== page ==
A Child is Born, a Son is Given
By Jane Brady
The morning before you were born, I felt afraid. Since you were my firstborn child, I didn’t know what to expect. I sat in our large papasan chair in the early morning hours wondering what was to come. Besides the immediate fear of pain, I wondered how you might change me. Though I had wanted to venture into motherhood, to be caught up in the web of life, I knew my willingness was naive. It was impossible for me to know the magnitude of what was to come – the challenges and joys. Here I was teetering over the cusp of the rest of my life, unable to jump when I was ready. I pulled myself to the edge of the chair and waited for you to push me, for the contractions to come. The fear got to be too much for me, so though it was hard to get up, I turned on the soundtrack to The Mission. The wailing flutes and young boy voices overshadowed me and I felt calm.
A woman who “sits on the cushion of advantages … goes to sleep. When [s]he is pushed, tormented, defeated, [s]he has a chance to learn something [s]he has been put on h[er] wits; . [she learns] moderation and real skill” (Emerson).
I peeked through a window, your first Sunday in nursery. You were so excited to leave me, to be on your own in a grown-up class. I had thought you might need me more. It was snack time and you clamored up onto the wooden chair for the Teddy Grahams. The light streamed in from the window and I looked at your chubby arm, extending for more water in your Dixie cup.
Then you were two. You wore a brightly striped soft GAP romper as we headed to the park just down from our house. My thinking had been along the lines of, “Maybe he’ll dig in the dirt and I can read this book.” But you didn’t dig in the dirt. You didn’t play on any of the playground toys. All you wanted to do was run up and down the swell of the hill. All you wanted from me was to be waiting in anticipation at the bottom, to watch you as you came barreling – blond hair flipping up, and blue sneaks toddling. Soon I set the book down and just smiled as I watched you run.
You came running
With a small speckled egg
Warm in your hand.
You could barely understand,
As I told you
Of egg and bird.
That years ago
Smaller than sight.
As egg yearns for sky
And seed stretches to tree
Like me.Oh,But there’sYou and I,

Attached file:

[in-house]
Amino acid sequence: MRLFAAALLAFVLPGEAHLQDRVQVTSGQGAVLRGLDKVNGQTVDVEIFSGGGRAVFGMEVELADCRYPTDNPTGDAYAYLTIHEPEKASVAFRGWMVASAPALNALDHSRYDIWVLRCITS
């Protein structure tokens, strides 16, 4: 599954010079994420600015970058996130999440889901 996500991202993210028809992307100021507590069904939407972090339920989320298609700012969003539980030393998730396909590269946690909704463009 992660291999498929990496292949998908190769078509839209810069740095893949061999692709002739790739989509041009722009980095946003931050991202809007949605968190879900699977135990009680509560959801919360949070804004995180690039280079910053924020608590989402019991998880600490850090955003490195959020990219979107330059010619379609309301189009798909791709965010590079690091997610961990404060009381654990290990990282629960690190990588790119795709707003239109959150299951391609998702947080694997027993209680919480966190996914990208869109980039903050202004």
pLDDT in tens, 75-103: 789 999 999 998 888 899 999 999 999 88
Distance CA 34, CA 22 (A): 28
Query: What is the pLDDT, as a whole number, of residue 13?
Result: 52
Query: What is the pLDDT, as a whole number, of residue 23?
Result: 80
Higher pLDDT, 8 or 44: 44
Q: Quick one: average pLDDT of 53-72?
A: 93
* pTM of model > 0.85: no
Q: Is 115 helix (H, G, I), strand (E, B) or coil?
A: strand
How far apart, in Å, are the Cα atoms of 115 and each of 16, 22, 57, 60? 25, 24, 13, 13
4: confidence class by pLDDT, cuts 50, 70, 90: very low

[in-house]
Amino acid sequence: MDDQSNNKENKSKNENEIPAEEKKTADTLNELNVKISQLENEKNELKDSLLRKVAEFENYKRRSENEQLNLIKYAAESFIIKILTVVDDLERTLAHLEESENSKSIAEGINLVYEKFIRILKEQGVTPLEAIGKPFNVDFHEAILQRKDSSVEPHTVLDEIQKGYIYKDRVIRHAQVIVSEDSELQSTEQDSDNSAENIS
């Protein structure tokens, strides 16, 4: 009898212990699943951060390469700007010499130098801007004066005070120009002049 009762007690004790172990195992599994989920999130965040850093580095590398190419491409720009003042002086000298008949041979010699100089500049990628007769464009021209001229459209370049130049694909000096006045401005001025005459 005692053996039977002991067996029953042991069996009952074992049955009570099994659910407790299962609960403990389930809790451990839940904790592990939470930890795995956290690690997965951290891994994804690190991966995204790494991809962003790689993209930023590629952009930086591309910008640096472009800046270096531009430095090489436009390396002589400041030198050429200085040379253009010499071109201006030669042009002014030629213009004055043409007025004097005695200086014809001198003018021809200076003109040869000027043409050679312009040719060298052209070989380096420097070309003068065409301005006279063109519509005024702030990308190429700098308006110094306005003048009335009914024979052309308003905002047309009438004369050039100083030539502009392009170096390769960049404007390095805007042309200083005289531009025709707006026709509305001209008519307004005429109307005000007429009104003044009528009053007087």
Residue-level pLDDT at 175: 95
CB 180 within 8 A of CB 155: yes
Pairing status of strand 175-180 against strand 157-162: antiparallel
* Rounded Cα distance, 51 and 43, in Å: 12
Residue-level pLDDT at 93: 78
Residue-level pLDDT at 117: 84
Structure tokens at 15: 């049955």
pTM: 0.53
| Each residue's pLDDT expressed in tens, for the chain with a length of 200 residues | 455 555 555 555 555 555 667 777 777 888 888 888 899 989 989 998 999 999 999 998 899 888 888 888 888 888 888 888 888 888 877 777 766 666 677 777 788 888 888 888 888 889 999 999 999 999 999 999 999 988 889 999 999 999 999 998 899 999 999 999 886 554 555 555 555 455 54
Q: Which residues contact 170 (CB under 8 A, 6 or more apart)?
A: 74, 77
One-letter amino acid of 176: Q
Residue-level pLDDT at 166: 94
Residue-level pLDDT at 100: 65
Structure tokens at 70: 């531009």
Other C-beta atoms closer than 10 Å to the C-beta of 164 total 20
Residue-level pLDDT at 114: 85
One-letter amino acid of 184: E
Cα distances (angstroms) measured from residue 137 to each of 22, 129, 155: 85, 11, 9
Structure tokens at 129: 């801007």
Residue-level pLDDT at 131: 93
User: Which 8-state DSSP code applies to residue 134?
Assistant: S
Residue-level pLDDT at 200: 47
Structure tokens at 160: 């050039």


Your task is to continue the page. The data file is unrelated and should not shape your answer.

So much more.
Have just begun.Think:
Worlds from now
What might we be-
We,Who are seedOf Deity. (Pearson 7)
Then came five. You had a straight, even bowl hair cut and a discerning eye. You were heavy into trains. You lined up small metal box cars in exacting order. Hours and hours spent moving, organizing, sizing up.
True joy comes from the capacity to . enjoy simply. The back of a beetle in the sun, the moss on trees, the whisper of leaves in autumn. To see and hear and smell and taste and feel small and simple things. (Dunn)
There was a day when I lost you. We went to a fabric store in Salt Lake to buy dark red plaid for new living room curtains. It took me too long to pick just the right bolt, but you kept busy. There were tunnels between the bolts of fabric where only a young body could fit. You sneaked up and down rows while I browsed. Then there was a long line at the cutting table. I kept my eye out, kept craning my neck. I’d see your hand stick out or hear a squeal and I’d turn my head back to my business. While in the line to pay, I lost sight of you. I searched frantically. I asked the cashier to help me even though I was embarrassed to have been so irresponsible. I ran out the door looking left and right. Nothing. Then I looked out to the car and I was amazed you had made it there. You had apparently had enough of buying and selling and were anxious to move on to other adventures. I kept the sense of found relief in my heart a long while.
Remember thy Creator in the days of thy youth. Rise free from care before the dawn, and seek adventures. Let the noon find thee by other lakes, and the night overtake thee everywhere at home. There are no larger fields than these, no worthier games than may here be played. (Thoreau)
In first grade I’d come to help the students in your class read out in the hall. One day Mrs. Towers asked me to administer a test – to have each child try to read a selected passage and mark down their scores. “I doubt these three in the bottom section will be able to read any of the words, but make sure and compliment them anyway.”
My eyes scanned the list and there you were. The Bottom Section. My mind started racing. I knew instantly that I couldn’t allow myself to let the reality sink in now. I needed to get through the test and get home before the luxury of awareness. I set to concentrating hard on the task. Yet mixed into all this memory is Mrs. Tower’s daughter singing flawless opera at her funeral. And your eighth grade Stanford Achievement Test showing your reading level to be college level. I can no longer reach the sadness I had felt at that moment – the worry that I hadn’t helped you as much as I should have, that maybe I hadn’t given to you good gifts.
Our deepest fear is not that we are inadequate. Our deepest fear is that we are powerful beyond measure. It is our light, not our darkness, that most frightens us. We ask ourselves, who am I to be brilliant … talented, fabulous? Actually, who are you not to be? You are a child of God. Your playing small doesn’t serve the world. There’s nothing enlightened about shrinking so that other people won’t feel insecure around you … We were born to make manifest the glory of God that is within us … As we let our own light shine, we unconsciously give other people permission to do the same. As we are liberated from our own fear, our presence automatically liberates others. (Williamson 90-91)